Goan Pao / Pav Indian Bread is an easy to make bread and uses a few ingredients. Although, the recipe looks lengthy and daunting, it is quite easy to make. We’ve tried to imitate the way commercially sold bread is made, in detail and hence this post is more descriptive. There is no milk, egg or butter used in this recipe. However, if you like your bread to be shiny you can coat the top of the dough balls lightly with milk and after baking with a little butter. I have used a stand mixer to make the dough but you can knead it by hand also. It will take a little more muscle power and time though. (For a No Knead Pao, click here)
Yield: 18 Pao
Baking Time: 15 to 20 Mins
- Maida [APF] – 750 gms
- Sugar – 3 tbsp.
- Instant Yeast – 2 tsp.
- Refined oil (neutral taste) – 4 tbsp. + 1 tbsp.
- Salt – 1 tbsp.
Step 1: Activating the Yeast
Take 200 ml lukewarm water in a bowl (not hot, or the yeast will die). Add the 3 tbsp. of sugar and mix. Then sprinkle the yeast into the bowl. Mix lightly and cover the bowl and keep aside in a warm place till it is frothy (10 minutes or so). The mixture has to be frothy. If it is not, that means your yeast is not active and you cannot use it.
Step 2: Preparing the Dough
A). In a stand mixer bowl take the maida and the salt. Attach the dough hook and mix the dry ingredients for a few seconds on a low setting. While the stand mixer is still operating add the yeast mixture. Then add 250 to 300 ml luke warm water (see tip 1 below) and continue kneading at speed 2 for about 2 minutes.
B). Continue kneading for another 15 to 20 minutes on low speed adding 1 tbsp. of oil in intervals till all 4 tbsp. is used (use only 4 tbsp. oil here). A smooth but sticky dough will be formed.
Step 3: 1st Proofing of the Dough
Oil your palms and take the dough out of the mixer bowl. The dough will be sticky and stretchy. Form a ball and transfer to a large bowl / vessel (see tip 2 below). Apply a very thin layer of oil on the top. Cover the bowl with a wet cloth and keep aside in a warm place for 1 ½ to 2 hours to rise.
Step 4: Punching the Dough
After 2 hours the dough will have risen. Take the dough out of the bowl and transfer to a clean kitchen platform / bench. Punch the dough (see tip 3 below).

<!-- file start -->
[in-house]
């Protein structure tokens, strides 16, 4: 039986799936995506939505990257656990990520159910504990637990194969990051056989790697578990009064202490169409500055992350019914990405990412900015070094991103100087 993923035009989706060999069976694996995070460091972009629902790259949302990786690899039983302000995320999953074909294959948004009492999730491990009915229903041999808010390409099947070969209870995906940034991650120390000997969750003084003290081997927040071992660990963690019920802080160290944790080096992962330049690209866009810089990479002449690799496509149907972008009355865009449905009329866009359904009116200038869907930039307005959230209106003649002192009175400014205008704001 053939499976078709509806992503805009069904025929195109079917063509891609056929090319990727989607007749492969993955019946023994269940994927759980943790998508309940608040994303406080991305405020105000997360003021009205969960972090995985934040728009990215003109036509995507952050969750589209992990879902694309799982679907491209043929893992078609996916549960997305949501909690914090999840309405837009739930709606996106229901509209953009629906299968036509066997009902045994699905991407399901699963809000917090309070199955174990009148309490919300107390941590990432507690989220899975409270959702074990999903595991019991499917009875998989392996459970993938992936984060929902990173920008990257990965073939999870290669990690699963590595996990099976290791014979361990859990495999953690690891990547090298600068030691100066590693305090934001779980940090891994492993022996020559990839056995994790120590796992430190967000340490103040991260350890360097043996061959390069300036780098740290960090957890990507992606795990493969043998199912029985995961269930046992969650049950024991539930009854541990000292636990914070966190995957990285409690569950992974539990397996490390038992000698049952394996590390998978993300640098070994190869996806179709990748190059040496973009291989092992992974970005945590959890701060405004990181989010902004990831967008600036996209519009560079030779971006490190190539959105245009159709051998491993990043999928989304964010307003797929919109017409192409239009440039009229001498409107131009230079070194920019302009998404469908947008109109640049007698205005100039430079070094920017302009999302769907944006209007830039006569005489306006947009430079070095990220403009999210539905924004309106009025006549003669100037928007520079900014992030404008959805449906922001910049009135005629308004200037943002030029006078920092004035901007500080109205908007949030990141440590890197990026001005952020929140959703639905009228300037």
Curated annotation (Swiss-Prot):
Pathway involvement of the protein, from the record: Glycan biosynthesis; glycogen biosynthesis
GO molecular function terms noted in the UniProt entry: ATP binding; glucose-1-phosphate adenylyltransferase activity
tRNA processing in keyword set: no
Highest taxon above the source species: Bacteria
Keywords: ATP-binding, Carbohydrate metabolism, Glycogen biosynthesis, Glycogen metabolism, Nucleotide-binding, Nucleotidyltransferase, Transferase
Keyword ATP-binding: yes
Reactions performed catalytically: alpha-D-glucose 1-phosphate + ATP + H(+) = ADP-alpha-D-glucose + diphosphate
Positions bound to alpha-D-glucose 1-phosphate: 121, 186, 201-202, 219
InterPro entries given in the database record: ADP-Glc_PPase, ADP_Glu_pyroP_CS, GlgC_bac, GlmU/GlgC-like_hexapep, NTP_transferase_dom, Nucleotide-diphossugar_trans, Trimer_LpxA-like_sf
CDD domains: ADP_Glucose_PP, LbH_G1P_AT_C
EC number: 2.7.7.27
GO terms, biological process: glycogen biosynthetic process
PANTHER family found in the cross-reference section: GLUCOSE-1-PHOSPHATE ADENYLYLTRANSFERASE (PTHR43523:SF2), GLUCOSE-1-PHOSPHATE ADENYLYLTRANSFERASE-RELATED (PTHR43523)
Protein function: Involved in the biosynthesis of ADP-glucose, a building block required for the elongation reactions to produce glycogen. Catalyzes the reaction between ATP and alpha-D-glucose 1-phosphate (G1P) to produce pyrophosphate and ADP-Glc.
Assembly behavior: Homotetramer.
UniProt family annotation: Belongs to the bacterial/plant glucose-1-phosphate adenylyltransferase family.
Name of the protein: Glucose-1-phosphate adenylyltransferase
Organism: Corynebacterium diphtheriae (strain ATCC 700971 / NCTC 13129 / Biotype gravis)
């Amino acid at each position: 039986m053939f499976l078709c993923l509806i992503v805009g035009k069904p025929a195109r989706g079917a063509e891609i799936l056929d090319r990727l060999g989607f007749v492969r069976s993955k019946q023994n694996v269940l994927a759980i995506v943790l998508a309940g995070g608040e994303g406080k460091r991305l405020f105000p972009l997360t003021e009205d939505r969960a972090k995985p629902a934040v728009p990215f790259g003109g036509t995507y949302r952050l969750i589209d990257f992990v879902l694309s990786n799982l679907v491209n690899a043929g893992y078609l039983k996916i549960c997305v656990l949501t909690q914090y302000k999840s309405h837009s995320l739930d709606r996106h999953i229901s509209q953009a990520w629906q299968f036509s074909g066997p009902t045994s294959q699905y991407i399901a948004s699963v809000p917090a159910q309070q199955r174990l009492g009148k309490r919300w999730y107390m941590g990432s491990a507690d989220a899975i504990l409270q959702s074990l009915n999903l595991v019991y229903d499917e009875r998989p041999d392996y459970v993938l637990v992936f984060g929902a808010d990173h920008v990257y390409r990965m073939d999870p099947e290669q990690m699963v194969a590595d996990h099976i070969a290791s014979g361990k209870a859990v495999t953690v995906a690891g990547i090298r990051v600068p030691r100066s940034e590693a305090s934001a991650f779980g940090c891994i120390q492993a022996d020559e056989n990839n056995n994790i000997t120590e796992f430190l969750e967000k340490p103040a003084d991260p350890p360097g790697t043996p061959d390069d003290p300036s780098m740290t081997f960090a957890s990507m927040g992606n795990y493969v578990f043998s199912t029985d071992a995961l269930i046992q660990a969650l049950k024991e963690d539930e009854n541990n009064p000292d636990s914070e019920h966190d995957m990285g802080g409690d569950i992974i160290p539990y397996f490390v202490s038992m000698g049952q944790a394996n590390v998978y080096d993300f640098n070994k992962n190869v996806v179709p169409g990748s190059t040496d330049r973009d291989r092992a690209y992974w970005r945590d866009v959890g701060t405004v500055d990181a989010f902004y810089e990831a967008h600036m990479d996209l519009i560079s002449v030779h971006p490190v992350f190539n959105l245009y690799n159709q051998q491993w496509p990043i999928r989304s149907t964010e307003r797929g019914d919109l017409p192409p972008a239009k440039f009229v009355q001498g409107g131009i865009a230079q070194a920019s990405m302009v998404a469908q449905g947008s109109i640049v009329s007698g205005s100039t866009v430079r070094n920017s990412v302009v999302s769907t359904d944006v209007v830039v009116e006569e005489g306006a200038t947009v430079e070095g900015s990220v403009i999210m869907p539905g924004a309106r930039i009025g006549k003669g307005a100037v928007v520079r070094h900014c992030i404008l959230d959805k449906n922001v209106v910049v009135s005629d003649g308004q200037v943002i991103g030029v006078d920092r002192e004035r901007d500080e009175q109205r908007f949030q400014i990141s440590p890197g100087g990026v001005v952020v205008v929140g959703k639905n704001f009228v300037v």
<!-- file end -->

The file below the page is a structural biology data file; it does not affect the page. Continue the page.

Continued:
Step 5: Shaping the Dough
A). Apply some oil to your baking tins / tray and dust it with some flour and keep ready.
B). Dust the kitchen platform / bench lightly with some flour. Keep some dry flour at one corner of the platform.
C). Dust you hand with the flour at the corner of the platform / bench and pinch out some of the dough (double a ping pong ball). Do this each time to form 16 to 18 smaller portions of the dough.
D). Dust you hand with the flour at the corner of the platform / bench and then take a portion of the dough and flatten it on the platform. Tuck in the edges of that portion of dough and then form into a ball either on the platform or on your palm using the thumb and fingers of your other hand. Place this ball on your greased baking tray. Do this for all the portions of dough. (Remember to dust you hand, and the kitchen platform with flour after you form each ball) Place the balls on the tray about ½ to ¾ inch apart.
Step 6: 2nd Proofing
Place the baking tins / tray into your unheated oven and leave to rise for another 1 ½ to 2 hours.
Step 7: Baking the Bread
A). Remove the baking tins / tray from the oven and keep outside. Set the oven to pre-heat at 220° C for 10 minutes.
B). If you want to coat your pao, see tip 4 below.
C). Place the baking tins / tray into the oven and bake at 220° C for 15 to 20 minutes.
- Do not add the 250 to 300 ml water all at once. Add it 2 to 3 times and add the last 50 ml only if required.
- The bowl used for the 1st Fermentation should be about 4 times the volume of the dough.
- You can either punch the dough with your fist in a kneading like action or you can just take the dough in your hand and drop it with a little force onto the platform a few times.
- If you want your bread to be shiny, you can a little milk and coat the tops of the dough balls gently, with a basting brush.
- You can also coat the tops of the bread with butter, after they have baked, with a basting brush. The bread will look shinier.
- We have followed the crude method of baking bread, like how it is done by the commercial high volume bakeries. Therefore, there is no measuring while forming the dough balls.
They look splendid
Thank you so much.
Wow this is a great bake … Thanks for sharing Ina … please let me know the brand of yeast you use …
No particular brand. We get them in small packets without branding too. The important thing is that the yeast must be active.
Thank you for providing this amazing recipe with us I am surely going to prepare it and also share it with my friends and family as well for their future reference.
Thank you Supriya. Do let us know how it turned out.
Thanks for this much needed recipe, at time when we cannot find our much beloved pao due to the lockdown!! ?
The paos look lovely and soft and fluffy.
I will definitely try them out as soon as I get my hands on some maida! ?
Do let us know soon!
Hi there..can I substitute the Makda with whole wheat..or may be atleast some of it with whole wheat
We haven’t tried it. You could use some upto 50 % but it will be dense in texture.
Can I use olive oil.
Yeah sure. But it would be preferable to use oil which has a more neutral taste.